Boil the beets til tender.  While you wait for the beets, saute the onion and garlic with salt and pepper in olive oil over medium heat.  When the onions are soft and starting to brown, add the Fire Cider and turn off the heat.

Slice the beets while they are still hot.  Spread the beets over the greens, drizzle with olive oil, top with the sautéed onion and Fire Cider mixture.

Add a dollop of Greek yogurt or fresh sheep cheese, sprinkle with the toasted walnuts and a side of sliced avocado.

A Note About: the golden beets certainly tasted much less sweet than red beets and according to my ‘research’ on the internet there are about 18 grams of carbohydrates per cup or around 8 grams of carbs per 2.5 inch diameter beet.  So the golden beets are not a low carbohydrate food but not excessive either.  At this point, for me, portions matter as much as the carbohydrate count.  Eating small amounts of root vegetables and grains, even 100% rye sourdough bread, is a way to get healthy carbohydrates without causing candida symptoms.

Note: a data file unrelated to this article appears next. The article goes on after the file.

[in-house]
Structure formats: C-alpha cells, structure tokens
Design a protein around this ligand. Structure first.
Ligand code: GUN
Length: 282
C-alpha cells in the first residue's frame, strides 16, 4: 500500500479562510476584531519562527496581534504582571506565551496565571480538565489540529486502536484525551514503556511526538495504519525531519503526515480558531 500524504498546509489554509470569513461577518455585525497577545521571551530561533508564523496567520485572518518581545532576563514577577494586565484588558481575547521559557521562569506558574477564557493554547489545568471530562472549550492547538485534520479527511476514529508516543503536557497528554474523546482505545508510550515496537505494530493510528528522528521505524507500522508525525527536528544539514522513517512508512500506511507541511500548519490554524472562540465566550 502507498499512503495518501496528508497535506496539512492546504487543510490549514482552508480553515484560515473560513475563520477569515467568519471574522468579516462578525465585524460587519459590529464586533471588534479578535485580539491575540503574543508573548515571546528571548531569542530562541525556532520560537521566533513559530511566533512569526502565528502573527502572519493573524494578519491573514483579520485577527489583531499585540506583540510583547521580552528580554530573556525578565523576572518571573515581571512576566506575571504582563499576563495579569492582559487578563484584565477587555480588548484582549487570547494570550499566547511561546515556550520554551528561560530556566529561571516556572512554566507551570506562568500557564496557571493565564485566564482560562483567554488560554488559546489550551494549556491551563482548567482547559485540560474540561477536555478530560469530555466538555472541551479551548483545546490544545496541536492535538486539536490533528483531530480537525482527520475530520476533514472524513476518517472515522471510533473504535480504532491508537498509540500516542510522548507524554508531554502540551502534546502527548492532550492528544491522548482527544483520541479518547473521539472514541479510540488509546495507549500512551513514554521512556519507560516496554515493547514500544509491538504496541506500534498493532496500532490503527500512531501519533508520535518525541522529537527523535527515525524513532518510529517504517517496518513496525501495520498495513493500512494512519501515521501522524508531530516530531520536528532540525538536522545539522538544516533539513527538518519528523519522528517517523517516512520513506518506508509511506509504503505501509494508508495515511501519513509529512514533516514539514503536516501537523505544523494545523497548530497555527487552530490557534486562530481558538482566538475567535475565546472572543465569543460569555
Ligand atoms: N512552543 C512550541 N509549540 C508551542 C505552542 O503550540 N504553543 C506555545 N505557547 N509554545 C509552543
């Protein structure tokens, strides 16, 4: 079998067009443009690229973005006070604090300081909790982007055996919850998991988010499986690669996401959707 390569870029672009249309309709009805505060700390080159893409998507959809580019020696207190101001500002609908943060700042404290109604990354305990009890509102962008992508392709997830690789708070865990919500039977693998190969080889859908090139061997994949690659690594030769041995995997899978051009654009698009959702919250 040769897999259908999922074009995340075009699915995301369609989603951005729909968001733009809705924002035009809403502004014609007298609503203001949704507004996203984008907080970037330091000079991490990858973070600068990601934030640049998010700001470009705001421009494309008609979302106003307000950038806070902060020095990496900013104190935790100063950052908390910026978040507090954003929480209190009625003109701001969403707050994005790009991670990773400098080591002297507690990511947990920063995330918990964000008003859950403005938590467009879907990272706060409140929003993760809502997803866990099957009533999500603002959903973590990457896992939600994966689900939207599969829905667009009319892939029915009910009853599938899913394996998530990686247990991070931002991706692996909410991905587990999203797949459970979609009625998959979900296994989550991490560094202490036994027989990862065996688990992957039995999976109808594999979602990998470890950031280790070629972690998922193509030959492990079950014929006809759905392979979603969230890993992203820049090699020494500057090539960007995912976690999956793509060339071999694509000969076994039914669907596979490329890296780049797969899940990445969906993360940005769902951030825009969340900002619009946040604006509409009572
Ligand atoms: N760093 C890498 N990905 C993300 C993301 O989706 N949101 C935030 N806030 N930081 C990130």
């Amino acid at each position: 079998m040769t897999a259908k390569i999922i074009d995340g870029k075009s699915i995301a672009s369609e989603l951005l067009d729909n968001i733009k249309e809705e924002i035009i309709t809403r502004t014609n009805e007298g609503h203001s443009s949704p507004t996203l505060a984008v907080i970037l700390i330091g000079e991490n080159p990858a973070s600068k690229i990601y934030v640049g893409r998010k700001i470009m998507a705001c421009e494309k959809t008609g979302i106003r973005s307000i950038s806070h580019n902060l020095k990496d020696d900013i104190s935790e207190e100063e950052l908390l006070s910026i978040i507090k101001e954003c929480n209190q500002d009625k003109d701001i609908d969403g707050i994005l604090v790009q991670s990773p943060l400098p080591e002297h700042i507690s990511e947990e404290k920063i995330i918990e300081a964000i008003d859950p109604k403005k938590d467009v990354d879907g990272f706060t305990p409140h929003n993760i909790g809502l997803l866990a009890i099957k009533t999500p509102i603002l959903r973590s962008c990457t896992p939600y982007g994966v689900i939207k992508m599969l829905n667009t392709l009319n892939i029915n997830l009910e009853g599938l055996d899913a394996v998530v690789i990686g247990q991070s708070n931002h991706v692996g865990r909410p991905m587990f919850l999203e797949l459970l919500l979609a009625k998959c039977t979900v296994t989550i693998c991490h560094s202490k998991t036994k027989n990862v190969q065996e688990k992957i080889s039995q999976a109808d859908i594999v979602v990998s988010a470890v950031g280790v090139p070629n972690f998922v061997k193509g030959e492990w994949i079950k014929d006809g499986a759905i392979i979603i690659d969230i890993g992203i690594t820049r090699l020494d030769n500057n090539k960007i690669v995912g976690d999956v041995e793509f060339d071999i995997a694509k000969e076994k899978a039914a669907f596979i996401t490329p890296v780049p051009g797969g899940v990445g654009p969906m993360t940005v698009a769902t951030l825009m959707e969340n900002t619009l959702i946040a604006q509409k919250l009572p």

Hot Chocolate Cookies

Some of you have been asking me if I have any new holiday cookie recipes and thanks to the Farmer’s Almanac, the answer is YES!  On page 40 of the 2012 Almanac is a recipe for ‘Dark Chocolate Chili Balls’.  I have taken the advice of my celebrity chef friend, that is, he’s my friend and he cooks for a lot of celebrities, not something I personally have the stomach for after my experience working as a nanny for certain 1%-ers, but his advice was this: refrain from using the word ‘balls’ when naming a food.  So we’ll call them cookies, you can shape them however you like and make any inappropriate jokes you deem necessary for this time of the year.  These spicy, rich chocolate cookies are mostly a mix of 85% dark chocolate and unsweetened chocolate with some walnuts and hot pepper of your choosing.  The original recipe was easy to adapt since it only called for a 1/4 of wheat flour, and I substituted with a tablespoon of coconut flour.